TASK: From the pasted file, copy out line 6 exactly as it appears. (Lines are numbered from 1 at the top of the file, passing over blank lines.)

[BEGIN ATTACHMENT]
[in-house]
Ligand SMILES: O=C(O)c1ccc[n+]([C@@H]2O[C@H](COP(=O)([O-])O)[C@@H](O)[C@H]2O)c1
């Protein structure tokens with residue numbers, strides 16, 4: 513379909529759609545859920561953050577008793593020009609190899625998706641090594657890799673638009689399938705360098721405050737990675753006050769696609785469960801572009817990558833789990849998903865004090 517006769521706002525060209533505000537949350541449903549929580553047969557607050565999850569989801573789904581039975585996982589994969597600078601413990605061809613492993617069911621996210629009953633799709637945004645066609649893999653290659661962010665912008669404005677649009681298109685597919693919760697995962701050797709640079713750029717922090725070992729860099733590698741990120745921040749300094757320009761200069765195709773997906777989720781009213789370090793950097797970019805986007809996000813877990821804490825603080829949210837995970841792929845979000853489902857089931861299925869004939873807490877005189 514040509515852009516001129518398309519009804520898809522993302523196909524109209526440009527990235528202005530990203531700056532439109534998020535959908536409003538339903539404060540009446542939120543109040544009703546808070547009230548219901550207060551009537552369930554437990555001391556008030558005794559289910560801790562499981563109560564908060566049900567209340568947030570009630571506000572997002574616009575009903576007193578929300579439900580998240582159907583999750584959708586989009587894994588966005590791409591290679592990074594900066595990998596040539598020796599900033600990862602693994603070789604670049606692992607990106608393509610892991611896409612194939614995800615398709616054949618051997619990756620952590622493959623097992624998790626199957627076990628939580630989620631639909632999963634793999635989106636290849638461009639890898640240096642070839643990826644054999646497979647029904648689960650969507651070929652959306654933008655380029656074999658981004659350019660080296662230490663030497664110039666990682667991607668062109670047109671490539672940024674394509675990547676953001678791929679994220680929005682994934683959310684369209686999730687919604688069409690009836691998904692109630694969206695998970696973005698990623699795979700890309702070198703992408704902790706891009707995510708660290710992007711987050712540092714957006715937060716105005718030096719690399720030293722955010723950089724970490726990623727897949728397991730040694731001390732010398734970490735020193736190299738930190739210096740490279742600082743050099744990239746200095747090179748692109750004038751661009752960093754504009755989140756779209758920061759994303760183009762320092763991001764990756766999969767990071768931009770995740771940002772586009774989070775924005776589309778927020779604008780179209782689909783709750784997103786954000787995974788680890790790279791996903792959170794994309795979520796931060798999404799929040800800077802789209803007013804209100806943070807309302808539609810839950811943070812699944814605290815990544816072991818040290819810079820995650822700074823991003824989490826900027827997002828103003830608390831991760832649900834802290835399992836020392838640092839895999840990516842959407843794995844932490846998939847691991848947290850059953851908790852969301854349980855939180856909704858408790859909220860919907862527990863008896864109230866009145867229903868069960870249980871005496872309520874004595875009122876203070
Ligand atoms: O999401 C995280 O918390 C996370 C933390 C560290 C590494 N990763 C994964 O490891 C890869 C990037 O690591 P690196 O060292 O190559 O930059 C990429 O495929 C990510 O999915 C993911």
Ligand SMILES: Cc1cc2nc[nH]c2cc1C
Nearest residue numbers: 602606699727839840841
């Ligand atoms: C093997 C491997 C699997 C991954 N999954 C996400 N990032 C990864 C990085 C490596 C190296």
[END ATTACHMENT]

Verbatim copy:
Nearest residue numbers: 602606699727839840841